Thus it appears that the appellations and titles of a presbyter are used indiscriminately and interchangeably with those of a bishop. In the same sentence, even, and generally throughout the writings of the apostles, these are perfectly convertible terms, as different names of the same

2 Epiphanius tells us, that Peter and Paul were both bishops of Rome at once by which it is plain he took the title of bishop in another sense than now it is used; for now, and so for a long time upward, two bishops can no more possess one see, than two hedge-sparrows dwell in one bush. St. Peter's time was a little too early for bishops to rise.-Hales' Works, Vol. I, p. 110.

3 Σὺν επισκόποις καὶ διακόνοις. Τι τουτο; μῖας πόλεως πολλοὶ ἐπίσκοποι ησαν; Οὐδαμῶς, ἀλλὰ τοὺς πρεσβυτέρους ὅντως ἐκάλεσε· τότε γὰρ τέως ἐκοινωνουν τοῖς ὀνόμασι.-In Phil. 1: 1, p. 199, seq., Tom. 11.

thing. This fact is very forcibly exhibited in the following summary from the Rev. Dr. Mason. "That the terms bishop and presbyter, in their application to the first class of officers, are perfectly convertible, the one pointing out the very same class of rulers with the other, is as evident as the sun shining in his strength.' Timothy was instructed by the apostle Paul in the qualities which were to be required in those who desired the office of a BISHOP. * Paul and Barnabas ordained PRESBYTERS in every churcht which they had founded. Titus is directed to ordain in every city PRESBYTERS who are to be blameless, the husband of one wife. And the reason of so strict a scrutiny into character is thus rendered, for a BISHOP must be blameless.‡ If this does not identify the bishop with the presbyter, in the name of common sense, what can do it? Suppose a law, pointing out the qualifications of a sheriff, were to say, a sheriff must be a man of pure character, of great activity, and resolute spirit; for it is highly necessary that a governor be of unspotted reputation, &c., the bench and bar would be rather puzzled for a construction, and would be compelled to conclude, either that something had been left out in transcribing the law, or that governor and sheriff meant the same sort of officer; or that their honors of the legislature had taken leave of their wits. The case is not a whit stronger than the case of presbyter and bishop in the epistle to Titus. Again: Paul, when on his last journey to Jerusalem, sends for the PRESBYTERS of Ephesus to meet him at Miletum, and there enjoins these PRESBYTERS to feed the church of God over which the Holy Ghost had made them BISHOPS. It appears, then, that the bishops to whom Paul refers in his instructions to Timothy, were neither more nor less than plain presbyters. To a man who has no turn to serve, no interest in perverting the obvious meaning of words, one would think that a matheTit. 1: 5. § Acts 20: 17, 28.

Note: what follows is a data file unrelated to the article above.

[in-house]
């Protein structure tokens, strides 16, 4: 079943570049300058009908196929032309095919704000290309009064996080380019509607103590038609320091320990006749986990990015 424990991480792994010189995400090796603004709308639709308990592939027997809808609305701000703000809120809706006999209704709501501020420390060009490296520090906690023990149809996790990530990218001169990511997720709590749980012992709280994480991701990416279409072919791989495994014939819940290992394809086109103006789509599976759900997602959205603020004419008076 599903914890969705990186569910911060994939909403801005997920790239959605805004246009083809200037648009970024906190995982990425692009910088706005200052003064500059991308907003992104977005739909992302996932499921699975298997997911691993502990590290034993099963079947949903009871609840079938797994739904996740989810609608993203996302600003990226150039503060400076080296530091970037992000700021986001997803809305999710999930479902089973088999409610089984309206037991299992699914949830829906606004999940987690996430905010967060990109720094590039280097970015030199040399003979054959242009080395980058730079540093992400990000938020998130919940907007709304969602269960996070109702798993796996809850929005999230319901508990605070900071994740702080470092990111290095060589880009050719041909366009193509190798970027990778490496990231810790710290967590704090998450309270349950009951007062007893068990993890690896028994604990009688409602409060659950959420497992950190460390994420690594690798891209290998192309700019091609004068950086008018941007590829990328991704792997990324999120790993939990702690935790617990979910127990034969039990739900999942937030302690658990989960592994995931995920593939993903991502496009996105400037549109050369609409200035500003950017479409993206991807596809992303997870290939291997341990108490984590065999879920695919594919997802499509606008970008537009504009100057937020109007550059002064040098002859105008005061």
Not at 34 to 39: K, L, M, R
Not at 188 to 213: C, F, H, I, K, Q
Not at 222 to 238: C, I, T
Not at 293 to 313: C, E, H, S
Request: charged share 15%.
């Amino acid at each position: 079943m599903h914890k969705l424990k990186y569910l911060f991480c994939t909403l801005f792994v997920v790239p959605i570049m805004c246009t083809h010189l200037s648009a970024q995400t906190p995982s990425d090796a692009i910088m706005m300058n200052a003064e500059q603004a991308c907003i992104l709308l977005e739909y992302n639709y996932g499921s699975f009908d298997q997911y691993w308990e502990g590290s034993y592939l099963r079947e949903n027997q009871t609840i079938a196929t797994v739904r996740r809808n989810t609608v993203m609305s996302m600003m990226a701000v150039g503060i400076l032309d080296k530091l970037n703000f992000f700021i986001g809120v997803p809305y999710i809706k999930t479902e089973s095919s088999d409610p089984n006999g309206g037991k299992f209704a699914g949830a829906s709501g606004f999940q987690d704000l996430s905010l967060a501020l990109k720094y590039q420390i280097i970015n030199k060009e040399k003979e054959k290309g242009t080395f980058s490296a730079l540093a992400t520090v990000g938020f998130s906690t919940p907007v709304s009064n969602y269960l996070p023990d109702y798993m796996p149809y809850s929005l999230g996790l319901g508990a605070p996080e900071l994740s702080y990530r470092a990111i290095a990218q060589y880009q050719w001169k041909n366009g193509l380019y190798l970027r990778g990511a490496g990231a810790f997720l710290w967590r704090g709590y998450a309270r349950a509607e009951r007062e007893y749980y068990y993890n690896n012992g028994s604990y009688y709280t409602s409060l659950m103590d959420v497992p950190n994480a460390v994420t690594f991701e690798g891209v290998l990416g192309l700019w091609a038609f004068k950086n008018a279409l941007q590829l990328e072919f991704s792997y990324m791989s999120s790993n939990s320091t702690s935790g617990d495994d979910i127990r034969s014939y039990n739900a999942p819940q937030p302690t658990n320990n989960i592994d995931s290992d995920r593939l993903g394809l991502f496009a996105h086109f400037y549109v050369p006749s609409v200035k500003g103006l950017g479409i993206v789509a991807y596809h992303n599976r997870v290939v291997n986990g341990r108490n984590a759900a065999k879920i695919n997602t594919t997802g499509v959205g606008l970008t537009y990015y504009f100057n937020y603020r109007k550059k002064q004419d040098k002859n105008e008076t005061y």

* 1 Tim. 3: 1. † Acts 14: 23.

matical demonstration could not carry more satisfactory evidence." 4

These terms, as the reader must have noticed, are also distinct and definite, descriptive of a peculiar office, which he is in no danger of mistaking for any other in the apostolic church. The name of apostle is not in a single instance exchanged for that of bishop, presbyter, or deacon, neither are the terms, bishop and presbyter, confounded with any other title, and for the very obvious reason, that they are descriptive of an office distinct from all others. Why, then, are these particular terms mutually interchanged one with the other, save that they are equally descriptive of the same office? Indeed, the identity of bishops and presbyters in name, is now conceded by Episcopalians themselves. "That presbyters were called bishops I readily grant; that this proves that the officer who was then called a bishop, and consequently the office, was the same." 995 "The Episcopalian cannot be found who denies the interchangeable employment of the terms bishop and presbyter in the New Testament." 6 Bishop Burnet admits that they "are used promiscuously by the writers of the first two centuries."

The scriptural title of the office under consideration is usually that of presbyter or elder. It had long been in use in the synagogue. It denoted an office familiar to every Jew. It conveyed precise ideas of a ruler whose powers were well defined and perfectly understood. When adopted into the Christian church, its meaning must have been easily settled, for it was essentially the same in the church as previously in the synagogue. Accordingly, it constantly occurs in the writings of the apostle, to denote an officer

4 Mason's Works, Vol. III, pp. 41-43. Comp. King, Prim. Christ., pp. 67, 68.

5 Bowden, Works on Episcop., Vol. I, p. 161.

6 Chapman, cited in Smyth's Pres. and Prelacy,

111.